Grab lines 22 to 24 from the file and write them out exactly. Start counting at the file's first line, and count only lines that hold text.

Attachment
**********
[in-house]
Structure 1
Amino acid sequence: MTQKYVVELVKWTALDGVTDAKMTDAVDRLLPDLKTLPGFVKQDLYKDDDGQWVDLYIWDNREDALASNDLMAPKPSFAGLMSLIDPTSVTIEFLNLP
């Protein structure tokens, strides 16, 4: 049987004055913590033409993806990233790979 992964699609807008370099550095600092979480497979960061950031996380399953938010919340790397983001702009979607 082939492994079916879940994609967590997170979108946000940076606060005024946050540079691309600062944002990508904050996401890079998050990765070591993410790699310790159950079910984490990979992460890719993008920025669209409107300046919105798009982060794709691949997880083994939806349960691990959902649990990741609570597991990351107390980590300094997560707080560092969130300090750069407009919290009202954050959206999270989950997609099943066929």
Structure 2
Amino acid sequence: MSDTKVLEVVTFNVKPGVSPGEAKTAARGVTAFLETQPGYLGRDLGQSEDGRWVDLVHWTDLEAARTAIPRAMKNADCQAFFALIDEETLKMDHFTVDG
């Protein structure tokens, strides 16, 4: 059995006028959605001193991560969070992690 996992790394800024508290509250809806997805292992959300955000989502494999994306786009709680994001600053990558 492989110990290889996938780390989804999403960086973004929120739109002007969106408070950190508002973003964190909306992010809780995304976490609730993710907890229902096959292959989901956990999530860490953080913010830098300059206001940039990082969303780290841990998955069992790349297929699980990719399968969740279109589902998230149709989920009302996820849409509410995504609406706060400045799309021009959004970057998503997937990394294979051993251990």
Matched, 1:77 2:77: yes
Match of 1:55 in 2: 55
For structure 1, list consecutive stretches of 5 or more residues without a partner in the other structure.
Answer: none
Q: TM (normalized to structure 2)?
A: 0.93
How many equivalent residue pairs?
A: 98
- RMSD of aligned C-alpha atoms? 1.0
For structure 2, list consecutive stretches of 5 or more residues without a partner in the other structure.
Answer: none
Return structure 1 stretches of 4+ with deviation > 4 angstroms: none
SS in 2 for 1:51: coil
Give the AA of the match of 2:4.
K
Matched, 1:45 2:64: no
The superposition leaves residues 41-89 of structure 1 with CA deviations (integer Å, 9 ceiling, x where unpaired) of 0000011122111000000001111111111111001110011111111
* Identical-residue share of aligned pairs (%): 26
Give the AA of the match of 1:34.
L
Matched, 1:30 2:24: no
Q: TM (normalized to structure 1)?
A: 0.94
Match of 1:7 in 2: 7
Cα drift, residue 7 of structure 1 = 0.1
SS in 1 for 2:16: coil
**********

K
Matched, 1:45 2:64: no
The superposition leaves residues 41-89 of structure 1 with CA deviations (integer Å, 9 ceiling, x where unpaired) of 0000011122111000000001111111111111001110011111111